Important progress is being made on understanding the health impacts of climate change - a critical research """"""""frontier"""""""" (Rohr and Dobson 2011). The impacts are """"""""wide-ranging"""""""" across scales and include indirect and direct effects (Hales, Weinstein and Woodward 2011). An example is evidence of links between rainfall and malaria (Pascual, Dobson, and Bouma 2009). Research on migration-climate links is also progressing, with recent science suggesting much environmentally-related migration will be internal, or short-distance, since international, and longer-distance, migration is costly (e.g. Gray 2009). Even so, increases in displacement due to extreme events are likely (Bardsley and Hugo 2010). The health implications of climate change will likely shape migration trends -- while the migratory impacts of climate change will likely shape health. Even so, this intersection has not received substantial research attention. Support is requested for five annual conferences focused on climate, migration and health. The first three conferences will focus on 1) natural disasters and displacement, 2) urbanization and 3) rural land use change - each representing policy-relevant arenas where climate-migration-health issues converge. The topical foci of years 4 and 5 remain undetermined in order to be responsive to emerging research and policy needs. The continuing advancement of climate knowledge, combined with its policy importance, necessitate regular conferences. Each year, substantial progress is made on measuring and projecting climate and understanding the implications of change and new data are regularly made publicly available. Annual conferences will facilitate timely research response to key policy questions by making use of emerging frameworks and data advancements. The University of Colorado Population Center (CUPC) is well-situated to host the annual conferences given the presence of leading researchers in each of the center's research themes: 1) environmental demography, 2) migration and population distribution, and 3) health and mortality. In addition, the conference organizers have strong collaborative ties with CU's renowned """"""""Natural Hazards Center"""""""" as well as with the Boulder-based National Center for Atmospheric Research (NCAR) - with each institution participating in the proposed conferences. Strong relationships with the Woodrow Wilson International Center for Scholars and the Population Reference Bureau form the basis for the policy communications components. The Institute of Behavioral Science and CUPC have substantial experience in organizing practical, impactful, productive workshops. The conferences proposed here are small (~15 participants representing diversity in gender, race/ethnicity, geography and discipline). Research presentations are based on near-complete papers, providing material for pursuit of special issues in high-impact scholarly outlets. This approach builds on a successful May 2012 CUPC-NCAR workshop on """"""""Migration, Urbanization and Climate Change.""""""""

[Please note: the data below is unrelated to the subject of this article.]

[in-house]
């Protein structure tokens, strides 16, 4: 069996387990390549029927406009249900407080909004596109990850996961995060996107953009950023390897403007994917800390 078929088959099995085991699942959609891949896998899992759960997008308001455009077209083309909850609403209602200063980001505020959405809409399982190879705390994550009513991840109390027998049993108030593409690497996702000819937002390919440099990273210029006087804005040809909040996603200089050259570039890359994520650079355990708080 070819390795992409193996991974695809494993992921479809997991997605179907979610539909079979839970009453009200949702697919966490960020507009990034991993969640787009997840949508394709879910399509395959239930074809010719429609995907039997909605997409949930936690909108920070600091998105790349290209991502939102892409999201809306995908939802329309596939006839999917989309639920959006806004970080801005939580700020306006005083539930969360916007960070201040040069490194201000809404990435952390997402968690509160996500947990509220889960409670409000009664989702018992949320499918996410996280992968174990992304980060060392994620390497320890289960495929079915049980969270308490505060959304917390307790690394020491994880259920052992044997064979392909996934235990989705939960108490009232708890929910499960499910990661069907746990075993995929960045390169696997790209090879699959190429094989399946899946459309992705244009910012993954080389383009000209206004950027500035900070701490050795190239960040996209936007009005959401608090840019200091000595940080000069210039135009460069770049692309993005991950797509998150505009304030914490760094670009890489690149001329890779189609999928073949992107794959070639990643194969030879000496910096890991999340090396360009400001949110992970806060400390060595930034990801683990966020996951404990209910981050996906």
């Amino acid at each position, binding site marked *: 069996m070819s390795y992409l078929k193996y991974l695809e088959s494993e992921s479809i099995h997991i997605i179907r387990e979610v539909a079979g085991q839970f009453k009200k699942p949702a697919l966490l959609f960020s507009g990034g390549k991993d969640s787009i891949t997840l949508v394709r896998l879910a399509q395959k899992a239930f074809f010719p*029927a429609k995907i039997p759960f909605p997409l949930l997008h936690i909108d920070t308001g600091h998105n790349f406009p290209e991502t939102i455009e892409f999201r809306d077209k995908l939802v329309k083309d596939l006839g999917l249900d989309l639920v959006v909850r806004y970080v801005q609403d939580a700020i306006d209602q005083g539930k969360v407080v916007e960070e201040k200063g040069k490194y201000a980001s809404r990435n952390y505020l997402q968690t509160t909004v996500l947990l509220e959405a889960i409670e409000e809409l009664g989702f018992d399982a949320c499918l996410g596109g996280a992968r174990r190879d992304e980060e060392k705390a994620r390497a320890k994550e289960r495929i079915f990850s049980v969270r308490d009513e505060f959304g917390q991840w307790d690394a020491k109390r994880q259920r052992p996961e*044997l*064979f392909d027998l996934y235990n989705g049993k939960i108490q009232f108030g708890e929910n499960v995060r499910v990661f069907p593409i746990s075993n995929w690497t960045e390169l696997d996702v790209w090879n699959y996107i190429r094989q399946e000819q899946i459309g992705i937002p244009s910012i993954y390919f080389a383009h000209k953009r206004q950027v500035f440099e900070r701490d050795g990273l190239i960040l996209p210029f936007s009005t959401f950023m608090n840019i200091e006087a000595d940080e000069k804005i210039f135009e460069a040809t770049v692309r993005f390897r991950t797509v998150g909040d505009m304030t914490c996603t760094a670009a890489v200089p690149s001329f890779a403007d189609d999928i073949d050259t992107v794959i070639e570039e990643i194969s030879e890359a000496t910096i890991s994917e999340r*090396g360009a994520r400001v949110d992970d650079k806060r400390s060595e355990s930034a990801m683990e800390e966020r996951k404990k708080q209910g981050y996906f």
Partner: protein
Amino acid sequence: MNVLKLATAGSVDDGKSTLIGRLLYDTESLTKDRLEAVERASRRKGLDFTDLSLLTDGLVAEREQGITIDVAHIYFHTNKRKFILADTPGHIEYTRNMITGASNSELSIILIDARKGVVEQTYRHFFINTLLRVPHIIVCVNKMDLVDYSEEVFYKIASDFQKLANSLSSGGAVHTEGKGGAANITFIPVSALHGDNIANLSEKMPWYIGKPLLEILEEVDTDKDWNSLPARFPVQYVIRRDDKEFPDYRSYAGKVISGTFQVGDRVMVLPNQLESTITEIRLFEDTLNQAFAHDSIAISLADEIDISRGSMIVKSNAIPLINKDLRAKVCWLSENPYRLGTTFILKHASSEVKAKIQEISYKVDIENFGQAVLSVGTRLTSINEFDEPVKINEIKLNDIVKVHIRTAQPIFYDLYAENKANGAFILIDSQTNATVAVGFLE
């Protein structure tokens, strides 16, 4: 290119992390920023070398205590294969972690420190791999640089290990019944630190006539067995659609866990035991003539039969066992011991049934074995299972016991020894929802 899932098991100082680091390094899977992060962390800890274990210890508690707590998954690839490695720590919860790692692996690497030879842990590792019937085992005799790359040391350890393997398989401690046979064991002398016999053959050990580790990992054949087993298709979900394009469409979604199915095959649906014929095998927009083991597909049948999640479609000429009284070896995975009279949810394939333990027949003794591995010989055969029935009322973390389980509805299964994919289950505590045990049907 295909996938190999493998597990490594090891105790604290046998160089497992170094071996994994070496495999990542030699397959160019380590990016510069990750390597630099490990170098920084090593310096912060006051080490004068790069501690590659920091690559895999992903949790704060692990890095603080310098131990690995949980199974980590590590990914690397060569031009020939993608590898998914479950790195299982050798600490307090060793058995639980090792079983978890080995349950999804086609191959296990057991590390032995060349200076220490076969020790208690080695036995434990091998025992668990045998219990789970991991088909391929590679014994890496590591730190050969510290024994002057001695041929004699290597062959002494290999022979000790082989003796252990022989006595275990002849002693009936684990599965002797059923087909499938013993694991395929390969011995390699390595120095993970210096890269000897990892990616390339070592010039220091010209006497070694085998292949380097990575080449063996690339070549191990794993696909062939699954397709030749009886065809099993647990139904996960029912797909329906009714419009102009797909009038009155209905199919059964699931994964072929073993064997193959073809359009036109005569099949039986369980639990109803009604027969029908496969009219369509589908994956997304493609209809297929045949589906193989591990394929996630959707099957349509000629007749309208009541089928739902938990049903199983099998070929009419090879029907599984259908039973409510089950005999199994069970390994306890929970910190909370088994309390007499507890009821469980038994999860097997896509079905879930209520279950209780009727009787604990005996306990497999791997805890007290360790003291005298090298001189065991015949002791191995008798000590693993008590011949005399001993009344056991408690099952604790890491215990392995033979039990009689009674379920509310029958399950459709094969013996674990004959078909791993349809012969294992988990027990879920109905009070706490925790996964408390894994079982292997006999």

The proposed workshops contribute to knowledge of the important link between climate change, human migration and public health. Examples include the negative health outcomes which characterize resettlement camps and the potential for climate change to result in increasing resettlement. The workshops will bring together researchers who examine these connections, to share their work and identify policy-relevant research gaps.
|Riosmena, Fernando; Nawrotzki, Raphael; Hunter, Lori (2018) Climate Migration at the Height and End of the Great Mexican Emigration Era. Popul Dev Rev 44:455-488|
|Hunter, Lori M; Simon, Daniel H (2017) Might Climate Change the ""Healthy Migrant"" Effect? Glob Environ Change 47:133-142|
|Runfola, Daniel Miller; Romero-Lankao, Patricia; Jiang, Leiwen et al. (2016) The Influence of Internal Migration on Exposure to Extreme Weather Events in Mexico. Soc Nat Resour 29:750-754|